By Kent Barker

Credit - Suzie Mcfie

It was one of UKIP’s key platforms before last June’s referendum – Nigel Farage, stately as a ship’s figurehead, lead a flotilla of fishing vessels up the Thames to Westminster, trumpeting “we want our waters back”. His argument – and that of most of the British fishing industry including the Hastings fleet – was that 64% of all fish caught in north-western Europe comes from “British” waters and that a sizable majority is fished by EU vessels as opposed to British boats. And worse still, some EU fishermen have been able to register their vessels under a British flag leading to claims that one single Dutch-owned trawler caught nearly a quarter of the UK’s entire quota.

The lobby group Fishing for Leave suggests that ending the Common Fisheries Policy (CFP) and keeping the “foreigners” out of our waters would be a massive benefit to the UK fishing industry worth a ‘colossal’ £6.3 billion and 22,000 jobs.

But what Britain might gain on the swings other European countries would certainly lose on the roundabout and there will, therefore, be considerable incentive for the EU to maintain the status quo over fishing. It’s a situation of which the European Parliament is all too well aware. Seven provisions to be included in Britain’s “exit agreement” have been drafted by MEPs including the demand that there should be “no increase to the UK’s share of fishing opportunities for jointly fished stocks” – thus maintaining the existing quota distribution in UK and EU waters.

This has led to a perhaps predictable torrent of invective from UKIP MEPs. The party’s aptly named fisheries spokesman Mike Hookem characterised it as a desperate attempt to “grab” UK fish stocks. “UK waters must return to UK control regardless of what the EU want,” he said. Meanwhile his south-east England counterpart in the European Parliament, Ray Finch, said that Britain “expected the return of its fishing waters” to the 200-mile international limit.

Quite how a 200-mile “British” limit would work in the Channel – only 20 miles across at its narrowest point – is somewhat unclear. One can hardly see French Fishermen leaving their harbour at Calais or Dunkirk and saying “Ah, c’est les poissons Anglais ici. Nous ne pecherons pas!” (These are English fish. We must not catch them), before sailing 200 miles up into the North Sea to put out their lines. Indeed, given their propensity to blockade ports at the drop of a beret, travel to the continent could be disrupted more or less permanently.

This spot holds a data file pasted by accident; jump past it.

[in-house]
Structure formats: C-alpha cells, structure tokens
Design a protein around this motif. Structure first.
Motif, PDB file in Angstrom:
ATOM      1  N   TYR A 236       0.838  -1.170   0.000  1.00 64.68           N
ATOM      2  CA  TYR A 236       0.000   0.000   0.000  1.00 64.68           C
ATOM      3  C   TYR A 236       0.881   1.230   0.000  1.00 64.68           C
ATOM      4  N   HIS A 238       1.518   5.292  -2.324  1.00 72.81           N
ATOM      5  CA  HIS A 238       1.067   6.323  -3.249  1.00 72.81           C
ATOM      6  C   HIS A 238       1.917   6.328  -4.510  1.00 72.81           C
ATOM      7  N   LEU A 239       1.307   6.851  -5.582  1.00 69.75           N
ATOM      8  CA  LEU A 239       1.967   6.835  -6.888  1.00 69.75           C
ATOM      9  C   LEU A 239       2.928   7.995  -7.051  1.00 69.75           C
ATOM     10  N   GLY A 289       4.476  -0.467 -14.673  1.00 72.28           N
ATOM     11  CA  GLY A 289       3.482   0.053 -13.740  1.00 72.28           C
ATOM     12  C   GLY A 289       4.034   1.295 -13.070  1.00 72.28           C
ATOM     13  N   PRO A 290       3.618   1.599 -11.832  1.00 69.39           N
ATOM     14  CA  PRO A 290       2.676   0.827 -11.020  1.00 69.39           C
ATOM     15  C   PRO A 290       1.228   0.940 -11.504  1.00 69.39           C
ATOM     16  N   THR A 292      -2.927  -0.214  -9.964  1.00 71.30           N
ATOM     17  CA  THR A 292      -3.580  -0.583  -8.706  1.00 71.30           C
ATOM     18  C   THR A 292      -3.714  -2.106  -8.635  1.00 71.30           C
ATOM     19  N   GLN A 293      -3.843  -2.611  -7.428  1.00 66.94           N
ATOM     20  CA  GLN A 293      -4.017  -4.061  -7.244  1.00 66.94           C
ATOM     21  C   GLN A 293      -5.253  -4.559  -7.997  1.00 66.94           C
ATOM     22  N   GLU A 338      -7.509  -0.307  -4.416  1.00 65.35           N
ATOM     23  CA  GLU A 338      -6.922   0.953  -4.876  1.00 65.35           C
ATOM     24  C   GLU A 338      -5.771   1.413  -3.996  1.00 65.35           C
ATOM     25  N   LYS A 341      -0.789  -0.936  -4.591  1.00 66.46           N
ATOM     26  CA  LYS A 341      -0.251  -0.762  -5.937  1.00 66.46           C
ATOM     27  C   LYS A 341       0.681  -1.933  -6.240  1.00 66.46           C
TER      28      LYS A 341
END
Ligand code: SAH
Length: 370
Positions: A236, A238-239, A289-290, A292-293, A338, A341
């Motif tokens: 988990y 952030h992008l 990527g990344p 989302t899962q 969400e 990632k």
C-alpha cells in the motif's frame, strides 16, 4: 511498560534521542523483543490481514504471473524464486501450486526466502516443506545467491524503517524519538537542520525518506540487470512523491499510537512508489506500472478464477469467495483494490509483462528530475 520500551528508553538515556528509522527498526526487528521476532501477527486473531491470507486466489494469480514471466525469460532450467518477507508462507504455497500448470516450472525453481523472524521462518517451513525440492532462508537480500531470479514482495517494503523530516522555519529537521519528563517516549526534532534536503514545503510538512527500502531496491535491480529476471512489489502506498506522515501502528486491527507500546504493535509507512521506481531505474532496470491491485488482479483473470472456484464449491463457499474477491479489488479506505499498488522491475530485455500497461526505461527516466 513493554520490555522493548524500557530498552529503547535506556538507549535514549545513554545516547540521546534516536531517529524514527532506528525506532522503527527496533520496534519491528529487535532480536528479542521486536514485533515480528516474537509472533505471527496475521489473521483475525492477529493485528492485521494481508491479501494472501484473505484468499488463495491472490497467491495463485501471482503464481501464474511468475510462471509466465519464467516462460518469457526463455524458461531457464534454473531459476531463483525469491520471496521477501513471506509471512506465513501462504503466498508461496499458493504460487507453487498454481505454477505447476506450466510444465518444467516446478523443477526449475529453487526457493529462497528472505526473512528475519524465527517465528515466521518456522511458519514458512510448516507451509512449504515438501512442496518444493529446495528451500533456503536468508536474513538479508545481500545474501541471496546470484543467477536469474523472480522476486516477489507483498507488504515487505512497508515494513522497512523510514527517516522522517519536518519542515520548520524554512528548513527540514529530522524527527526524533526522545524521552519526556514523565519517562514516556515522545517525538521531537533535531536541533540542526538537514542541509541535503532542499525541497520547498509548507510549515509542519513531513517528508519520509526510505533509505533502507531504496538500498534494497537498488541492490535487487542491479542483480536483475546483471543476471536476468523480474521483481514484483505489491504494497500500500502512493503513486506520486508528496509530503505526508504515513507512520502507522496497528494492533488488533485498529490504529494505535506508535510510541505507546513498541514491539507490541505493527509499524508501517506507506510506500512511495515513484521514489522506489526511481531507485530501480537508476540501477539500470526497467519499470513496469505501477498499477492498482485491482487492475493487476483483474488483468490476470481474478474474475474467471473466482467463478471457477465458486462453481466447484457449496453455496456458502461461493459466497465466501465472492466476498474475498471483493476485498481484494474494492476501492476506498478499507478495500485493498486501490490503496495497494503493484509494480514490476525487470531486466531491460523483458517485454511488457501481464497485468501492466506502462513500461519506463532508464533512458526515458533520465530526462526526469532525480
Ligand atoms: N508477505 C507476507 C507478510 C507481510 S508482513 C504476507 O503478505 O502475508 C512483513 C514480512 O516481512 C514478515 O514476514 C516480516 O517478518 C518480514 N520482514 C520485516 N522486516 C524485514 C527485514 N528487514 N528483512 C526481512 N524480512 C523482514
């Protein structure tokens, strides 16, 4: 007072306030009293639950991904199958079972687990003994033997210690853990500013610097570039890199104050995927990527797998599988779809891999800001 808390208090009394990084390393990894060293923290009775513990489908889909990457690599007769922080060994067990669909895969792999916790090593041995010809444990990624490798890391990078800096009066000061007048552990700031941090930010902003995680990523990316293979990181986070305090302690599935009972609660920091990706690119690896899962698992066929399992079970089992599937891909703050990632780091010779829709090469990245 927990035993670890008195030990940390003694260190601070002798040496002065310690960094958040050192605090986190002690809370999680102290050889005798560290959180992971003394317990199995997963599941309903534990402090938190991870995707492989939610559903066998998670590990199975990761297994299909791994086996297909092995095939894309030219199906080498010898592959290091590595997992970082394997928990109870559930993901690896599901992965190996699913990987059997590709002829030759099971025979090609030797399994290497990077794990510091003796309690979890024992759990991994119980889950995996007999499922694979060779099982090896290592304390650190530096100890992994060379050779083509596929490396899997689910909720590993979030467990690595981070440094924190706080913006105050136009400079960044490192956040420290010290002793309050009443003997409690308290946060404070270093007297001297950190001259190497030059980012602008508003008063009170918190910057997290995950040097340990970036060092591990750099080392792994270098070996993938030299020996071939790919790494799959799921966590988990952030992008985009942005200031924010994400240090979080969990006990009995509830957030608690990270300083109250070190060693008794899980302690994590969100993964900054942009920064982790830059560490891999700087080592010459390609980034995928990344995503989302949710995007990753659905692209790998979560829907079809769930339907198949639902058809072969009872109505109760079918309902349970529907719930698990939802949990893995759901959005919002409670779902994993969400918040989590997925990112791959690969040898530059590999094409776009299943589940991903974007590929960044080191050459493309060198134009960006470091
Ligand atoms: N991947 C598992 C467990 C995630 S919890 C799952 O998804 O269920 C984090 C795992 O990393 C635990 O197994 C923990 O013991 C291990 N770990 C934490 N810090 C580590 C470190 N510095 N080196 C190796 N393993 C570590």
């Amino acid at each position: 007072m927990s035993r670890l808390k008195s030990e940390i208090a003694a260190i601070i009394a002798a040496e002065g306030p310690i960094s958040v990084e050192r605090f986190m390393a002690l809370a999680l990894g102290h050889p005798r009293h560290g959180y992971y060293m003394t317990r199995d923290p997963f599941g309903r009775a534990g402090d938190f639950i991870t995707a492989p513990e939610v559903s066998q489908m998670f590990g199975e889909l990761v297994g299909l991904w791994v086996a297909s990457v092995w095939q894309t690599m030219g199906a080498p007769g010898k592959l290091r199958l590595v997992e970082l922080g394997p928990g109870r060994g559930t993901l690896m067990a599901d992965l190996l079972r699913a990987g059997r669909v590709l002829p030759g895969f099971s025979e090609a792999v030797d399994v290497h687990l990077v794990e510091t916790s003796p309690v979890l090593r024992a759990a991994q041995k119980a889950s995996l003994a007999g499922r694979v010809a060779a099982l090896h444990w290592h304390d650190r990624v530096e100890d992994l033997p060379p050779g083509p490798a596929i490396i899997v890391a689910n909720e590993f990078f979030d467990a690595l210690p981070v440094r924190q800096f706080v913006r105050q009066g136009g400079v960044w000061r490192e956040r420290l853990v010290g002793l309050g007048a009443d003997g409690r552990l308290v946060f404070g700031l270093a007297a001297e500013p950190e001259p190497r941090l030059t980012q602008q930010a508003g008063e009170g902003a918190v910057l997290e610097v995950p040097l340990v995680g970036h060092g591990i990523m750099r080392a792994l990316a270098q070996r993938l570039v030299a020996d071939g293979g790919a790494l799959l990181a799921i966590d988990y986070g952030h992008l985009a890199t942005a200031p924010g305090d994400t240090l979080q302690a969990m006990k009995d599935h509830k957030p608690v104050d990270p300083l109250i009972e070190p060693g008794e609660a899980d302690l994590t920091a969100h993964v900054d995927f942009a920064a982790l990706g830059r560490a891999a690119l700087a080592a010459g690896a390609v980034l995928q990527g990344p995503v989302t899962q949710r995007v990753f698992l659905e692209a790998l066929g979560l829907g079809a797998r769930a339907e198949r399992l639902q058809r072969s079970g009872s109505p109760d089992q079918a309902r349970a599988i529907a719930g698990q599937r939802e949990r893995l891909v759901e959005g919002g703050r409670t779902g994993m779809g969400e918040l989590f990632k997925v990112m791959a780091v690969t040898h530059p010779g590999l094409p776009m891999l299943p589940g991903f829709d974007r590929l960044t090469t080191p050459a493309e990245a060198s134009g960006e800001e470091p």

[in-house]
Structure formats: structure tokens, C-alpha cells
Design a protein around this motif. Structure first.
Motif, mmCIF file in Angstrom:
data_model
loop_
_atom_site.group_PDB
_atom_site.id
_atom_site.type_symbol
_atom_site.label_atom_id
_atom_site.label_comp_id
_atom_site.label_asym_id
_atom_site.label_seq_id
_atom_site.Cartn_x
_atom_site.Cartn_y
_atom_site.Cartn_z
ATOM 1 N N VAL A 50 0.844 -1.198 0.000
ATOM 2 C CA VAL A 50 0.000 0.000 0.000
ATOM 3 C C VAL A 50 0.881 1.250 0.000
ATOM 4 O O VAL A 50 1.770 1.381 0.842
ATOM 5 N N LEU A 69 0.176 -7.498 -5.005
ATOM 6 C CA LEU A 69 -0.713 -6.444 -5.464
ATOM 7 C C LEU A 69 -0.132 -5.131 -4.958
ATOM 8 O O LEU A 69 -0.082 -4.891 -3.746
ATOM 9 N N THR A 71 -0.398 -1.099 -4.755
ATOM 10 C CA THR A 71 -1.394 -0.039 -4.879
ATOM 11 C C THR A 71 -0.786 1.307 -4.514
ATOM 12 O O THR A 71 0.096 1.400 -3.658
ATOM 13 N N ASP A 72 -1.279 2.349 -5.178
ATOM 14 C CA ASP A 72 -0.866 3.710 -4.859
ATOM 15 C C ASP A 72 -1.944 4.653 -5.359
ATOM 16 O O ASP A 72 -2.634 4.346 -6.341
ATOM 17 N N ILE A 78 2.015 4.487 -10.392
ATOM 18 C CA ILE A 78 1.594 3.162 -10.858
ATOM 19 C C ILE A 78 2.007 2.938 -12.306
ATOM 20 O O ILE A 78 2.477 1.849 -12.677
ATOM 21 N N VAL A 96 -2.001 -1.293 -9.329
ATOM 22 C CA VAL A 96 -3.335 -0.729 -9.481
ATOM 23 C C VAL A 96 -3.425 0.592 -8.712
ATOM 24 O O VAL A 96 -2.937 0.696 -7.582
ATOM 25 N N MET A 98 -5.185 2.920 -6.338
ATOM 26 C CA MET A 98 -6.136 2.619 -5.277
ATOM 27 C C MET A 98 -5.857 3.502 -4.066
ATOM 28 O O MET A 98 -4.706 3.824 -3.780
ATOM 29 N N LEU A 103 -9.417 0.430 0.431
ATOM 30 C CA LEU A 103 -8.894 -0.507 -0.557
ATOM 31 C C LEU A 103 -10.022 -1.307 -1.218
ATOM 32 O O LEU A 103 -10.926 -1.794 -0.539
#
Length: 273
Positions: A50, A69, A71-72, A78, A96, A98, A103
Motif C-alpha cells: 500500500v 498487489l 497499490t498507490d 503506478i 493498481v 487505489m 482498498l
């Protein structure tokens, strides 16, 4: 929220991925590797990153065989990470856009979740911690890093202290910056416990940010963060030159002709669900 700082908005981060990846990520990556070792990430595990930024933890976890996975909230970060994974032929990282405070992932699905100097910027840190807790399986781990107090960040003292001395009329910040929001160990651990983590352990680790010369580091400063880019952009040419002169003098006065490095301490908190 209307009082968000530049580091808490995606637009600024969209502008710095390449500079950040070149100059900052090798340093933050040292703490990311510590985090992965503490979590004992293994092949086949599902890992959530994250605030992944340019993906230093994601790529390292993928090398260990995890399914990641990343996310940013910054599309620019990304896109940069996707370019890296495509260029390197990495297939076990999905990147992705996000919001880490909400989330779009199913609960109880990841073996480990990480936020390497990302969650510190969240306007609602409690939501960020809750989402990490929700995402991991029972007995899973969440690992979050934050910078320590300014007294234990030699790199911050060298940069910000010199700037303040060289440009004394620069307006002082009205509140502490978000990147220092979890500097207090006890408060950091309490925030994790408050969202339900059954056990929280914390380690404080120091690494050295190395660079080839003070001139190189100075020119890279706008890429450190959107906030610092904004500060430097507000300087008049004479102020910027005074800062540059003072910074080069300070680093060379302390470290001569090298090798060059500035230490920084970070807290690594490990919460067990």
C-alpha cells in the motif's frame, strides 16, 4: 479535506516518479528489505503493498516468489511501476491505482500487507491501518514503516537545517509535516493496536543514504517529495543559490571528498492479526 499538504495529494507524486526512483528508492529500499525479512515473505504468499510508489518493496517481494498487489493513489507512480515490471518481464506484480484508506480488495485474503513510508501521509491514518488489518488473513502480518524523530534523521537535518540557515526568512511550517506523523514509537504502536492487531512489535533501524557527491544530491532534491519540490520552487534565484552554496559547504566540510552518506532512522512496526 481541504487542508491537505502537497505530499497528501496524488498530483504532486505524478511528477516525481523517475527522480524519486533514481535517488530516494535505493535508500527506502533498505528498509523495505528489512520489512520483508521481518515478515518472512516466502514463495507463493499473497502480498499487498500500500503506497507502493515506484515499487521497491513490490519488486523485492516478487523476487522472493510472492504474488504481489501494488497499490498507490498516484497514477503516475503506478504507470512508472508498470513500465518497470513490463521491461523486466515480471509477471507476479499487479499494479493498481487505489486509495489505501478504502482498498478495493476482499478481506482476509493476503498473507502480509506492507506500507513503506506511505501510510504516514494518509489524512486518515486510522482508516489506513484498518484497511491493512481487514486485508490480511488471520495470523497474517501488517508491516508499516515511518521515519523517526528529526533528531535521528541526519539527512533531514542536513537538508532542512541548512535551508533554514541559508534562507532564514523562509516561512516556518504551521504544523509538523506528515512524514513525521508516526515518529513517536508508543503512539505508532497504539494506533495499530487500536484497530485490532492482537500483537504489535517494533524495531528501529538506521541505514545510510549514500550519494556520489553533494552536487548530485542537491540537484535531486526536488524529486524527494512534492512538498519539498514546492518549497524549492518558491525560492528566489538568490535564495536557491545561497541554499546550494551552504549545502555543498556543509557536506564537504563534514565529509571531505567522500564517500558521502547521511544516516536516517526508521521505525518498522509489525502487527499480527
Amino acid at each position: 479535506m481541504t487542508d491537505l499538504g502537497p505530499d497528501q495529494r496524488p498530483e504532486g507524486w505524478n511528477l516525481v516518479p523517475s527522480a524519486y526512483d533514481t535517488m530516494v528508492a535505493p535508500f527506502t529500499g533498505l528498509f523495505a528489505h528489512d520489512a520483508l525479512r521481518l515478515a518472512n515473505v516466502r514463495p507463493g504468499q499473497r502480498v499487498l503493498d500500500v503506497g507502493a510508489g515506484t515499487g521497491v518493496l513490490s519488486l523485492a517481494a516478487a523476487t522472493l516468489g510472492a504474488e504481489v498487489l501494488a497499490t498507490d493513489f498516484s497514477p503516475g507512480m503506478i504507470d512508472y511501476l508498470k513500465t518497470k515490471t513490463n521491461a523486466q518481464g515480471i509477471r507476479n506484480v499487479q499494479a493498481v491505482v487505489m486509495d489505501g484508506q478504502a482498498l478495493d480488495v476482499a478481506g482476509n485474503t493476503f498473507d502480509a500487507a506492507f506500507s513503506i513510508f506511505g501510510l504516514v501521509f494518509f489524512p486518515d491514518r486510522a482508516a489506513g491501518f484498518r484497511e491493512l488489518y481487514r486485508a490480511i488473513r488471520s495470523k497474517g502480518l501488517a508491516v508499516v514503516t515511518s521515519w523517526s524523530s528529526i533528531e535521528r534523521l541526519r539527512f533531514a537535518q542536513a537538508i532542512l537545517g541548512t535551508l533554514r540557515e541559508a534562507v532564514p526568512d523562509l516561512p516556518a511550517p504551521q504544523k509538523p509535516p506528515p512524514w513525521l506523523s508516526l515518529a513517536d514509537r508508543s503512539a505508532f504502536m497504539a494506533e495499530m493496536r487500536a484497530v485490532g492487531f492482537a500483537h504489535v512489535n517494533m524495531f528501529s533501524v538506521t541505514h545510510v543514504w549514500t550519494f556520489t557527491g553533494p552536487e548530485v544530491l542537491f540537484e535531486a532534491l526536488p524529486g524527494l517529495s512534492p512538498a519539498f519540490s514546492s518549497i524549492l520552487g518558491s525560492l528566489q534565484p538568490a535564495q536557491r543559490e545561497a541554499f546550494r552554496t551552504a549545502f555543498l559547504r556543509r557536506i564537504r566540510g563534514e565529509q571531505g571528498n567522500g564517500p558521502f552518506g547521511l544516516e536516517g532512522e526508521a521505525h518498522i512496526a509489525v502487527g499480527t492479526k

It’s all scarily reminiscent of the mid 1970s and the so-called ‘cod wars’ in the North Atlantic. Dwindling fish stocks led Iceland unilaterally to extend its territorial waters to 50 miles. British and West German trawlers ignoring the limit were confronted by Icelandic coast guard vessels, had their net-lines cut and, were even fired upon. British Royal Naval patrols were unable to prevent the fishing boat the C.S. Forester – one of the largest wet fish trawlers in the British fleet, being shelled and impounded by an Icelandic gun boat.

Meanwhile there’s the question of fish stocks. British fishermen accuse the CFP of being responsible for the tight restrictions on “total allowable catches” and are far from convinced it helps preserve stocks. Others believe that it’s only the CFP that can prevent overfishing in European waters. Meanwhile the UK and other EU countries are signatories to the 1995 United Nations Fish Stocks Agreement making it highly unlikely that quotas could or would be abolished for the British fleet even if, somehow, EU boats were kept out of “our” territorial waters. And even then there’s the question of whether boats under 10 meters – including the Hastings Fleet – get a fair share of any quota. The Hastings Green Party argues smaller boats are more environmentally sustainable and, despite comprising 80% of the UK fleet, get only 6% of the quota.

All in all, it looks like an intractable mess – an unpalatable fish-stew that’s going to take years to sort out and will end up satisfying no one. A typical consequence of Brexit then?

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